Okay, so yesterday the complaining. Today it’s time to look ahead with gusto to the cinematic events that will make our year, or so we hope.
One or two – or maybe more – of the items on this list will fall to massive nerd derision by the end of the year; such is the way of things. The way of the Force. But to those who withstand will come the power. The power to be almighty. The power to rule supreme. The power to be…masters of our movie year!
Prepare the fresh meat, for these are the films that the flames of our fandom will roast in the months to come:
10. Evil Dead.
Quit complaining about how you don’t want to ever see a remake; you already did, and it was called Evil Dead 2, and you loved it. Besides, since this new version has completely different characters, it could be an in-continuity sequel anyway for all you know, and it has the endorsement of both Sam Raimi and Bruce Campbell. Here’s what we do know – the first cut submitted to the MPAA was rated NC-17. Yes, the studio backed down to an R, but when was the last time you heard of a horror movie even coming close? Also, no CG. Give us some practical sugar, baby.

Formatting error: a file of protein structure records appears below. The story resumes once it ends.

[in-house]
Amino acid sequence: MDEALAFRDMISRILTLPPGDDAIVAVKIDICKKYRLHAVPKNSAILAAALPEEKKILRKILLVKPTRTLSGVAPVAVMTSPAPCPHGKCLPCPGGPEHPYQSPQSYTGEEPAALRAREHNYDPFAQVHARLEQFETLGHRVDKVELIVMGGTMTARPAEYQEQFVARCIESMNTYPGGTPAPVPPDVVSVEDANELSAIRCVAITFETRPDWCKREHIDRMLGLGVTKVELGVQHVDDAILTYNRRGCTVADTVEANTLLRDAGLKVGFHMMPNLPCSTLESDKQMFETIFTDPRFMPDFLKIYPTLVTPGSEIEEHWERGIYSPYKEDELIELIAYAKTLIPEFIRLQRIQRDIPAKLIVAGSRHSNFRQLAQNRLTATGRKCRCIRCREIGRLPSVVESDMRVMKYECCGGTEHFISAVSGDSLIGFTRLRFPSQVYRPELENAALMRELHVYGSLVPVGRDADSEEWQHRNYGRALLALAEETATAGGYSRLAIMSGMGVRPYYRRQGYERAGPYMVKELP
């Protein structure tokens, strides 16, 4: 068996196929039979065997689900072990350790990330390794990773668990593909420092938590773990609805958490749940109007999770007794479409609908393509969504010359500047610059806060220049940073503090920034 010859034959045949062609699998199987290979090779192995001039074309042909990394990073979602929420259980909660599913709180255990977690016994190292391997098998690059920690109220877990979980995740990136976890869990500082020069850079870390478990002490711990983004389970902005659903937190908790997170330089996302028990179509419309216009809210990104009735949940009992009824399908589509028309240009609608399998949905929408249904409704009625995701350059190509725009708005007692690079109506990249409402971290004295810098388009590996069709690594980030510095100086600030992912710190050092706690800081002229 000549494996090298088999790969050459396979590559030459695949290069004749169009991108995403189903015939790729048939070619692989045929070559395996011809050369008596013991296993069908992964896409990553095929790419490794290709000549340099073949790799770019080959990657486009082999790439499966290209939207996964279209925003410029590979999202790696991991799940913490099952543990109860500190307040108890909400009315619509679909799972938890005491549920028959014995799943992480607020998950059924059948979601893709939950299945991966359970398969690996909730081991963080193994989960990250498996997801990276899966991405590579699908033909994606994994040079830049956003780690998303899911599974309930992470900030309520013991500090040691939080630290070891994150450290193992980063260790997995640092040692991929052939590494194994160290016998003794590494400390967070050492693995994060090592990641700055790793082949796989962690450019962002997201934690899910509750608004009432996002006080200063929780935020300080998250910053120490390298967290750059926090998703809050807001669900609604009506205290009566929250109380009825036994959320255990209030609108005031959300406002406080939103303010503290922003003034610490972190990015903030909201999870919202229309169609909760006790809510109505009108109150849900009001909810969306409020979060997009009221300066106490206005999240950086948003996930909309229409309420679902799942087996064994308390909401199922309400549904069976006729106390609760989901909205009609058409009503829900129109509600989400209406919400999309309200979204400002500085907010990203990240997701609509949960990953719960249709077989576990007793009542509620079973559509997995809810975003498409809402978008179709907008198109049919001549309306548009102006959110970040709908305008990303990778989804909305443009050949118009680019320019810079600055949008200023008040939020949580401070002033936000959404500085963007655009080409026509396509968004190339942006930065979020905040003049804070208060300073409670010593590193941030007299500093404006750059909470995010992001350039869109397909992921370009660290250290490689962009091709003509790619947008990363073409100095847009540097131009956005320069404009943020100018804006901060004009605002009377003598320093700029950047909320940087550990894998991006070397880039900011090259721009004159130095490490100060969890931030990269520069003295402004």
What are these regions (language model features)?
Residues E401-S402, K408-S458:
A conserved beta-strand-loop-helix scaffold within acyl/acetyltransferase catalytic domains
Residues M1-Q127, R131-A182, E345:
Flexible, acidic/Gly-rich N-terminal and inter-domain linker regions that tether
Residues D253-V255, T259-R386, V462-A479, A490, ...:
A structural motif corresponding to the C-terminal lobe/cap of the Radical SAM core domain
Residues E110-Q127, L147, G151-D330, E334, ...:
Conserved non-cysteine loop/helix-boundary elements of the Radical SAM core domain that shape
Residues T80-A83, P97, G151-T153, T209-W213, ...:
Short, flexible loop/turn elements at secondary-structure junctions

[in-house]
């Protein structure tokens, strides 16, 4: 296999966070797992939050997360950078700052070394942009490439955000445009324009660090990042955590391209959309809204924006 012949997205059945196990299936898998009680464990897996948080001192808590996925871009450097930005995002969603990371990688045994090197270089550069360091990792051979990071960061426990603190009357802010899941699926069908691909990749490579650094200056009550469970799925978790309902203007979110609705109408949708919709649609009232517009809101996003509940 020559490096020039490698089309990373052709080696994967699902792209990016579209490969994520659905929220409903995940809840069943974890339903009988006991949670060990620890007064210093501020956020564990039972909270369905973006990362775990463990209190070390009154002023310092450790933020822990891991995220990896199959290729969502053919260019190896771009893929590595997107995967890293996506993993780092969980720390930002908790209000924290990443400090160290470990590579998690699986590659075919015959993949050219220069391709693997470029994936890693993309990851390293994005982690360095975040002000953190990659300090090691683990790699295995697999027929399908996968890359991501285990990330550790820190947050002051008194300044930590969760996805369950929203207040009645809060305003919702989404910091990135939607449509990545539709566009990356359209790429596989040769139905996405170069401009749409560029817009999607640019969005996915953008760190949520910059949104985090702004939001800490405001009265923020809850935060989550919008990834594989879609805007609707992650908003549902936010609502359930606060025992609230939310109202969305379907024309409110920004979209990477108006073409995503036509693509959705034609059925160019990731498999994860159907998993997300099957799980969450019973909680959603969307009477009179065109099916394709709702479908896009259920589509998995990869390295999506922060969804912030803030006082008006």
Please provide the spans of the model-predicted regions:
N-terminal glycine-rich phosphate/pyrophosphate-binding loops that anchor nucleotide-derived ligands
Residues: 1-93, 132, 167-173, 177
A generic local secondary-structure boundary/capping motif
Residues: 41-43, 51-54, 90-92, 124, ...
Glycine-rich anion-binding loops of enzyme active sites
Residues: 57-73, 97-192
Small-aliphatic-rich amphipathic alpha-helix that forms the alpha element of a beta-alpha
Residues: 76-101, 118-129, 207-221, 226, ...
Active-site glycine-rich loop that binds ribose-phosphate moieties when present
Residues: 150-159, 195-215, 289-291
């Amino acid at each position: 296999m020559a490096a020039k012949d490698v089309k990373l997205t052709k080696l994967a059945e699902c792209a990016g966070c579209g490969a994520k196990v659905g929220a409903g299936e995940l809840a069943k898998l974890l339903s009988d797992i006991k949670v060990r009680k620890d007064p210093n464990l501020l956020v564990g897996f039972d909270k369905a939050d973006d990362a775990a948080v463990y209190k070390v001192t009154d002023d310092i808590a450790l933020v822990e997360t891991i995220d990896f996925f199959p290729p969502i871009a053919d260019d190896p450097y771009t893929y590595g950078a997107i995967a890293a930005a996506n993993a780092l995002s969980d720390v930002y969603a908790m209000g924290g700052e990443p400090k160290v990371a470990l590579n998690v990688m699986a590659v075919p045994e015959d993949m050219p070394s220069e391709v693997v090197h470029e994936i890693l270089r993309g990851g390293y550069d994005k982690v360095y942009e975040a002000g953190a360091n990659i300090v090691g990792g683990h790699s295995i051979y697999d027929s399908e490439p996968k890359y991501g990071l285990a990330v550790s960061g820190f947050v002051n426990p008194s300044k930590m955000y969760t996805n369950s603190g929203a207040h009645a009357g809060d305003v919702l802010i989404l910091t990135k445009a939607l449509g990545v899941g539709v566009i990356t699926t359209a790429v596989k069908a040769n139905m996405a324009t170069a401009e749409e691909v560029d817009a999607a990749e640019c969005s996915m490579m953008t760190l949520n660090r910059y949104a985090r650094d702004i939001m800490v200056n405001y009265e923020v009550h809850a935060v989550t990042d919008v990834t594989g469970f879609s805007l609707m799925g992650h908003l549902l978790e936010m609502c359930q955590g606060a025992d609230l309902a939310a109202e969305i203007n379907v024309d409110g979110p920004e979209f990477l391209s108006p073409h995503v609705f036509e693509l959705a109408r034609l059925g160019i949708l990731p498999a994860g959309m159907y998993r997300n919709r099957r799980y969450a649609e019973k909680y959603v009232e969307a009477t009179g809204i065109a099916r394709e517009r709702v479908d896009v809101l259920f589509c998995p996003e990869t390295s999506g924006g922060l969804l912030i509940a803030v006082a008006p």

9. Iron Man 3.
Robert Downey Jr. reunites with the director of Kiss Kiss Bang Bang to figure out if Tony Stark can still be interesting without any other Avengers around him. Considering he kickstarted the cinematic Marvel universe with only a post-credits assist, that’s probably a fairly secure bet. Now, can the decidedly English Ben Kingsley pull off Asian archvillain The Mandarin while affecting a somewhat dubious American accent (“Some people call me a turrrist…I consider myself a teachurrrr“)? And will it be tougher than playing Maori in Ender’s Game? That is the bigger dilemma here.
Fichtner power! The first of two movies on this list to feature William as a key character sees him play a Harvey Dent-scarred guru with a penchant for kidnapping dogs, in a surreal comedy from the director of Rubber, the greatest killer tire movie ever made. In this topsy-turvy world, it rains from the ceiling, clocks strike 7:60, and turds have memories that can be accessed by video feed. Just like the way real life ought to be.